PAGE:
How Taleo, and other job application/listing sites, suck. A place of retreat for the job hunter. Got a tip? Send it to

Friday, August 28, 2009

Exploring SAP. Not sweet at all.

Well I had a little period of unjustifiable job applying, and the results of that is some new usability annoyances, my gift to you, loyal readers.

The first starts off with a Taleo complaint. Keep in mind, I'm not sure if this issue is caused by Taleo, or the hiring company, who has not well-configured its setup.

This comes from the initial Taleo page for a random company (it's actually Kroll, but that's important here.)

The fact that I can immediately begin searching for jobs by narrowing my search down to jobs in Burlington, Vermont implies to me that there are jobs available in Burlington, Vermont.

There aren't any. In fact, they only have jobs in probably 3-4 cities in the nation, meaning that just about any city you choose in that list will lead to no results (or jobs which have no particular geographic location.)

Definitely not a user-friendly or logical outcome. If there are no jobs in that location, please don't allow me to search for it.

My next series of complaints come from some sort of SAP system, as used by the airline Jetblue.

The little calendar pop-up is often a welcome when making airline reservations. I can hone in on a date by looking at the month and such.

It makes little sense here, because often times I don't know the exact date work started or ended. I don't think the employer really cares either. Worse, my instinct was to use the calendar, until I needed to enter in a date for 2007, and the only way to get back to 2007 was to go back one month at a time (clicking for each month on the back arrow.) I quickly gave up on that and entered the date (well, a date) in the box.

Which brings me back to something I've complained about before. Pull down boxes for countries. Completely unnecessary: they slow the job-seeker down annoyingly to find a particular country. Look, if the job seeker worked in that country, they can likely spell the country in an open form-field.

This particular list does not have "United States" as the top listing. While I'm not suggesting that USA need appear at the top of all these lists, given the fact that this is an American company and mostly Americans will be applying, there's no reason why all these job seekers have to scroll all the way down the damn list.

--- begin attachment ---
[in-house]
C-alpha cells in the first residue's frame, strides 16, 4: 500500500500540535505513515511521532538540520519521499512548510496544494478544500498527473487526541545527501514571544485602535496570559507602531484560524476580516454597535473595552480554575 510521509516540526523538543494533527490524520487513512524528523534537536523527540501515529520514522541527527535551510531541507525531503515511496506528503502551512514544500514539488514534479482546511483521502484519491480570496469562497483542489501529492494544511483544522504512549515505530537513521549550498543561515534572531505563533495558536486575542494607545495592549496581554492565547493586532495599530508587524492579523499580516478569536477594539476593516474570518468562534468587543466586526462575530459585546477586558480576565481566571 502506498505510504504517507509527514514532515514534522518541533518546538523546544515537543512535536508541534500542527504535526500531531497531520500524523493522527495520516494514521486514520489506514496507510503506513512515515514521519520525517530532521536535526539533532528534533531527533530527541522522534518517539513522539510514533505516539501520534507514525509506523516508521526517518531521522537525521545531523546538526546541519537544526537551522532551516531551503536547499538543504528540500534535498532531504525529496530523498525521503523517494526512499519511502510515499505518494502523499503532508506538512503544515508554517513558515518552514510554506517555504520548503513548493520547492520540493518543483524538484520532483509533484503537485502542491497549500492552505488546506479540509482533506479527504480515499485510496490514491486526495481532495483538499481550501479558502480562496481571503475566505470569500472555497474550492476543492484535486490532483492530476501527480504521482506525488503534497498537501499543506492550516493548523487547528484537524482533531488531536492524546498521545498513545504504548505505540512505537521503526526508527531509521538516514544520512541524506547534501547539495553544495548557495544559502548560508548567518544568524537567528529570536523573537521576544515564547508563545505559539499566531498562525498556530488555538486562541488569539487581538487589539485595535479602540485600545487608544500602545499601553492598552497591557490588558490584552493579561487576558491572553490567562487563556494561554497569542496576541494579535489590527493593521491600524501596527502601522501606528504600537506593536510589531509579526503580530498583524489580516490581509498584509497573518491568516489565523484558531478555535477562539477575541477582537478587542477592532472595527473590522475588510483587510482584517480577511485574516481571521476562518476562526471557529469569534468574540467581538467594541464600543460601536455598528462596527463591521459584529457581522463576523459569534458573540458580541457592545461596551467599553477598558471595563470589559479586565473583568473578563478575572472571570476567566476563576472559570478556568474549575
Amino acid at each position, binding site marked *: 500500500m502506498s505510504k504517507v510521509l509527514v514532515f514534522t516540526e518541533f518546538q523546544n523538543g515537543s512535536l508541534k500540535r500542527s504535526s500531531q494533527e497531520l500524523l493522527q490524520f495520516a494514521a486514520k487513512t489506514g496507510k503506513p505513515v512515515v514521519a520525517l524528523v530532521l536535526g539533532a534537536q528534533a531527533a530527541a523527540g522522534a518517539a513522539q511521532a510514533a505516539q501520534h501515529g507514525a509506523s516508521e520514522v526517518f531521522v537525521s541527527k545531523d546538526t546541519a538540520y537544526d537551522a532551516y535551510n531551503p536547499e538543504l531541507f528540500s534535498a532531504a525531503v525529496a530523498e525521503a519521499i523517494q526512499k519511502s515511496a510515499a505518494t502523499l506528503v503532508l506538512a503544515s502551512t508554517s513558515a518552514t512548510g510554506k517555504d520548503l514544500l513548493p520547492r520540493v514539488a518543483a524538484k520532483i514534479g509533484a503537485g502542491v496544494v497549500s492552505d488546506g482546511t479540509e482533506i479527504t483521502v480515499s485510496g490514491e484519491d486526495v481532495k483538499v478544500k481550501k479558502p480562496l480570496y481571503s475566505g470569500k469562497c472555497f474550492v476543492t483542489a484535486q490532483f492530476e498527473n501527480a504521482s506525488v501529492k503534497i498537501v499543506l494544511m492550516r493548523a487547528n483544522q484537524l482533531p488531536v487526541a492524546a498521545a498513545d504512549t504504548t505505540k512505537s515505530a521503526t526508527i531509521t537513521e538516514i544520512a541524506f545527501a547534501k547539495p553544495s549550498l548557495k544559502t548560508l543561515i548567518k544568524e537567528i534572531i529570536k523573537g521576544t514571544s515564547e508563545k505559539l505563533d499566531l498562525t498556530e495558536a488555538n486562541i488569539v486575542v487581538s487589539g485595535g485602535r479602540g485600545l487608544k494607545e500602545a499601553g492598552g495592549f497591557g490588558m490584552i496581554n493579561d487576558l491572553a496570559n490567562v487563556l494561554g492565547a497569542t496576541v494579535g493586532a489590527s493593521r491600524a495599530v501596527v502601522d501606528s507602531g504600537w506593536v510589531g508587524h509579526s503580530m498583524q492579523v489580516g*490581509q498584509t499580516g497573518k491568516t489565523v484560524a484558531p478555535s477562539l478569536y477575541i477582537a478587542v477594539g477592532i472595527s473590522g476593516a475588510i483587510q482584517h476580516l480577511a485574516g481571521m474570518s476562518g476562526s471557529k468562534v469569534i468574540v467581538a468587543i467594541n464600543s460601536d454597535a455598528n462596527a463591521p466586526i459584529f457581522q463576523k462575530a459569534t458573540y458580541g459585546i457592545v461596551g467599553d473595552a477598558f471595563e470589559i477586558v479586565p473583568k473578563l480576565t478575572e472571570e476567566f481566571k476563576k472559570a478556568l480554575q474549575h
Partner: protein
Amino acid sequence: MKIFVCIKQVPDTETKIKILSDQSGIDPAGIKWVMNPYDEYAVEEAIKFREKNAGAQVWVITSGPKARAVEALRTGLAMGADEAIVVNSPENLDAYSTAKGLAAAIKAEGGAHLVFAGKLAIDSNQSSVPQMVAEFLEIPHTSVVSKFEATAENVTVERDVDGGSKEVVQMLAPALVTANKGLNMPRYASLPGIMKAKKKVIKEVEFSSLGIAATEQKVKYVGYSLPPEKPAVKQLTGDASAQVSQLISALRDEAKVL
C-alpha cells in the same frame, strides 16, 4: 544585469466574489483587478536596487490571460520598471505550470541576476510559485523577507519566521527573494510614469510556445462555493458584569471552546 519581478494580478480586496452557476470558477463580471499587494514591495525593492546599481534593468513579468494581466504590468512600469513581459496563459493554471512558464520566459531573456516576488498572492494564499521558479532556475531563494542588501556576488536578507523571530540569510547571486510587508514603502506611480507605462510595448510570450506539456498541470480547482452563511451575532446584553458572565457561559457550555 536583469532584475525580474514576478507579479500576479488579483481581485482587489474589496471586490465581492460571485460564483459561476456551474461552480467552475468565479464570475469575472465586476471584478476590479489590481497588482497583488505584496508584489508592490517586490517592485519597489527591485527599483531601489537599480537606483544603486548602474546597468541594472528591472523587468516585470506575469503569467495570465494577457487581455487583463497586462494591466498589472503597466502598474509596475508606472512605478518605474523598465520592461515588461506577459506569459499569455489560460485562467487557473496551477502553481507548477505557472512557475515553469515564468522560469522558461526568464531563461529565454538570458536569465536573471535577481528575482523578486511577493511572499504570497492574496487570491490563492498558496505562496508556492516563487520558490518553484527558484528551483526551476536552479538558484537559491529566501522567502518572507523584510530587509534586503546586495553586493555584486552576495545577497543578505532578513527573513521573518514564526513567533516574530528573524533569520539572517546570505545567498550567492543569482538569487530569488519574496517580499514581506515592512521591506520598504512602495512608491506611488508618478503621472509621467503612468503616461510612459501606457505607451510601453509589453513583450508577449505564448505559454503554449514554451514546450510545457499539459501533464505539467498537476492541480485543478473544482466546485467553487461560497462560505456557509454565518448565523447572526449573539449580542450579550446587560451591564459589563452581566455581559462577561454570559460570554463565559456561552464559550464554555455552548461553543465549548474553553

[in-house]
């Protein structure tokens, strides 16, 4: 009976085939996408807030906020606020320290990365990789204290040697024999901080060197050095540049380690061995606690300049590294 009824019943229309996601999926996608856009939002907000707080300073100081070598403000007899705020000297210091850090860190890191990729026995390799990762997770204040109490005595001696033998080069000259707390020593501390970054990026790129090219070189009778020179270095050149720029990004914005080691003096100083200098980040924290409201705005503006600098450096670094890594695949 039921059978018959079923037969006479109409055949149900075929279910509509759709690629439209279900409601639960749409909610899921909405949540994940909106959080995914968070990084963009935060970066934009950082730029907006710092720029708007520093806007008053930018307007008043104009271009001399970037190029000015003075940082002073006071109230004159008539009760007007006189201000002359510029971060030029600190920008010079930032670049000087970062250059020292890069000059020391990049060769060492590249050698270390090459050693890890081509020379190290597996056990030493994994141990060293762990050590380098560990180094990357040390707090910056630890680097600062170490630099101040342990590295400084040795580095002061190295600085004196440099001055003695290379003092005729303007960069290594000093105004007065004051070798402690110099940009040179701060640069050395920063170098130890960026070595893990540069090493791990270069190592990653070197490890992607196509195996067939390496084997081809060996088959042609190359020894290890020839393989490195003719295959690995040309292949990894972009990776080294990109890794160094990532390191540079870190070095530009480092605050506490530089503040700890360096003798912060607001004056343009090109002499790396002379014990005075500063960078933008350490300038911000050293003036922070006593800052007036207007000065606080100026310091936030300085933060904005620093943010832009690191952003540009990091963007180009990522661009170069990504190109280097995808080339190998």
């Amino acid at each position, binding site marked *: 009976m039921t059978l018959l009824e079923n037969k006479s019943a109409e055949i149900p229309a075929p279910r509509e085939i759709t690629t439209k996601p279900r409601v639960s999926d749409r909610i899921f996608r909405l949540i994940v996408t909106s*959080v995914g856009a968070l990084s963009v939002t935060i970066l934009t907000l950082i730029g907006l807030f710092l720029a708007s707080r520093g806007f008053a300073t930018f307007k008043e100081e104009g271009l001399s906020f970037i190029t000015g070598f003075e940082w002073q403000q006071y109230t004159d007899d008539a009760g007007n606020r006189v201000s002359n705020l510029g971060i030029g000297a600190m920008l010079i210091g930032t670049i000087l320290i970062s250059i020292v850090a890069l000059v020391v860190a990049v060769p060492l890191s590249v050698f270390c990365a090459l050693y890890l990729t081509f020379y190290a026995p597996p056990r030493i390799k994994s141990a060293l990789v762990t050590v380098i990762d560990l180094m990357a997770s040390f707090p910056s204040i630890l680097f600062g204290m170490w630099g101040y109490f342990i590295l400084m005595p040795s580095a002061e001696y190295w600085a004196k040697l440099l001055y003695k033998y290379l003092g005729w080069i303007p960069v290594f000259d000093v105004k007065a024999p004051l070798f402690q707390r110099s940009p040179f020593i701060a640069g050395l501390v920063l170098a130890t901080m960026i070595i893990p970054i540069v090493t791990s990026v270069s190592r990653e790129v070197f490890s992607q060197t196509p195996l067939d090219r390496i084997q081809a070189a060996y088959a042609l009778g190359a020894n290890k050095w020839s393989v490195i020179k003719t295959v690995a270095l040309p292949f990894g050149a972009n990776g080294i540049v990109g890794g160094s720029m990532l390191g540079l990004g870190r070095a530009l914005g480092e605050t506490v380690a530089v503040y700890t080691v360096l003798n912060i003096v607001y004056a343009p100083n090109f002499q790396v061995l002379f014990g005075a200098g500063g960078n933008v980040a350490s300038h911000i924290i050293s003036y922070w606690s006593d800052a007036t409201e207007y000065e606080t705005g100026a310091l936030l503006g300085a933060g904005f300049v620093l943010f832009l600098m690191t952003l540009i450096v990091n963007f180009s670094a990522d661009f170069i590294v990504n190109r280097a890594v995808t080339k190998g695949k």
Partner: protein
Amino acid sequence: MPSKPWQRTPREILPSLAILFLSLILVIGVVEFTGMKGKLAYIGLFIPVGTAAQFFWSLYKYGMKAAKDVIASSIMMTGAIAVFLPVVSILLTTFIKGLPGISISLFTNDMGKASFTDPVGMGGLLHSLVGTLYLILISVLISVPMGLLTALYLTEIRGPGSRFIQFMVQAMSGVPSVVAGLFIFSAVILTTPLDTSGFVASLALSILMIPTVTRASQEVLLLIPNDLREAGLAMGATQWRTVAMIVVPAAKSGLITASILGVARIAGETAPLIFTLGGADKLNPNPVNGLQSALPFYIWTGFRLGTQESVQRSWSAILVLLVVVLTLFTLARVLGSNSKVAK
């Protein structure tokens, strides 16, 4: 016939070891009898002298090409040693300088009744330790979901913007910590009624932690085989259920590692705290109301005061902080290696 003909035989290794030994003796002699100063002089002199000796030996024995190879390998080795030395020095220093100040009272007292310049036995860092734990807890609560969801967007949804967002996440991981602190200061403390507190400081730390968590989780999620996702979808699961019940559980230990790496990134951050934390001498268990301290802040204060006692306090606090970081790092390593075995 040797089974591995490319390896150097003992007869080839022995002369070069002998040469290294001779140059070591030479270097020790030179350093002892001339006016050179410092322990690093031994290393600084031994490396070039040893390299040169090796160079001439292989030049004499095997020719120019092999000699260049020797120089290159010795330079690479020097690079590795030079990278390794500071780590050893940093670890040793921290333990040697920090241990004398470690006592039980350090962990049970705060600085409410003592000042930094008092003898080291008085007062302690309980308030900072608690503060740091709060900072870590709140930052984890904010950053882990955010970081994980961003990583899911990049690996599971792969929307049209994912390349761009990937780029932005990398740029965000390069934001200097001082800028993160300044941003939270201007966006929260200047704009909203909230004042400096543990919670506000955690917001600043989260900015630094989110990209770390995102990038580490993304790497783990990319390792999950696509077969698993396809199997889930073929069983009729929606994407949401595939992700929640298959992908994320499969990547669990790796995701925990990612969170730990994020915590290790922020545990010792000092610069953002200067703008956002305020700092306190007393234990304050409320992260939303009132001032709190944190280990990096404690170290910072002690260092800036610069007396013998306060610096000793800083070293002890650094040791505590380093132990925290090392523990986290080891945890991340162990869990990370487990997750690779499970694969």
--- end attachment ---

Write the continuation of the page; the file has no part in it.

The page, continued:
But I am grateful that they did have the Heard and McDonald Islands in their job list, because you never know who will need to note that a job they had was on one of two uninhabited, barren Antarctic islands.

Did I mention they're uninhabited? As in no people. No population. None.

When entering experience, this system wants you to categorize the industry that you had the job in. I hate doing these things, because the categories are often not particularly standardized. (Example: Most of the time "Human Resources" is a top level category. On this site, it falls under "Other Services" which is where I think "Real Estate" should fit.)

Incidentally, I found the listing of jobs on the Jetblue site unreadable in Firefox and Chrome. Not pleased.

I'm going to continue picking on SAP, and for good reason. Their error messages are fabulous:

This is basically a session time out on the First Energy HR site. SAP continues to deliver some of the worst error messages ever.

Let's go back to the main site so I can get a session working, and start looking at jobs:

It's not very obvious how you're supposed to just browse for jobs. You can do so just by pressing the "Start" button, which I guess is searching for jobs with no criteria selected, as indicated by the fact that the three boxes have a field highlighted which is blank. I'm sure this was put together by some very bright database-head, but it's unintuitive and stupid.

Now here are my results:

This page is so unintuitive and badly setup, it makes me cry. I can feel my blood pressure rise, and I don't even eat that much salt.

First of all, it's not obvious that there are more jobs which are available, but I can't see. Each job is a "row" and 15 rows are displayed, so there are six more jobs which aren't being shown. I could figure that out by counting the rows displayed, and seeing that there are six missing, or I could figure that out by the three yellow buttons at the bottom (which are, in order, next row, next page and last row...I'm sure you didn't need me to explain that because it's patently obvious based on their design.)

I don't know why it says "row 1 of 21" because no row (or job...why don't they just fucking call it a "job"?) is actually selected.

I know why they won't call it a job, because it's some lame database that's been hacked together to work as an HR application system.

Since the jobs aren't numbered, it's not obvious where I am in the list, unless I figure out that "row 2 of 21" indicates that job 2 is the first job listed at the top of the page, and that 1 job from the top isn't dispayed, and 5 others are not shown from the bottom of the list. I don't know why I am given buttons to advance by pages, because it's not particularly obvious that this system thinks of things in terms of pages of 15, since it's so damn fascinated by rows. (And how would I know that pages are broken down in sets of 15 rows without actually counting the rows? And at what point would I give up on First Energy when I realize I'm counting jobs on a page in order to figure out their damn system?)

As readers of this blog know, I like to go ahead and open a job I'm interested in in a new tab on my browser. So my natural inclination is to right click on the job...

Grr. Apparently it won't let me do that because I'm contained in some sort of database hell within my browser. So I'm given two options, one to close...well, honestly, I don't know, and
the second to get help on the field I clicked on.

Since the first one doesn't seem to toggle anything, I'll try the second.

Ahh. Yes, now that is helpful.

I might complain a lot about Taleo, but at least they've got a usability designer somewhere. This system was put together by a database nerd and that's it. It's truly awful.

Sunday, June 21, 2009

Oracle's lousy error messages and just overall weirdness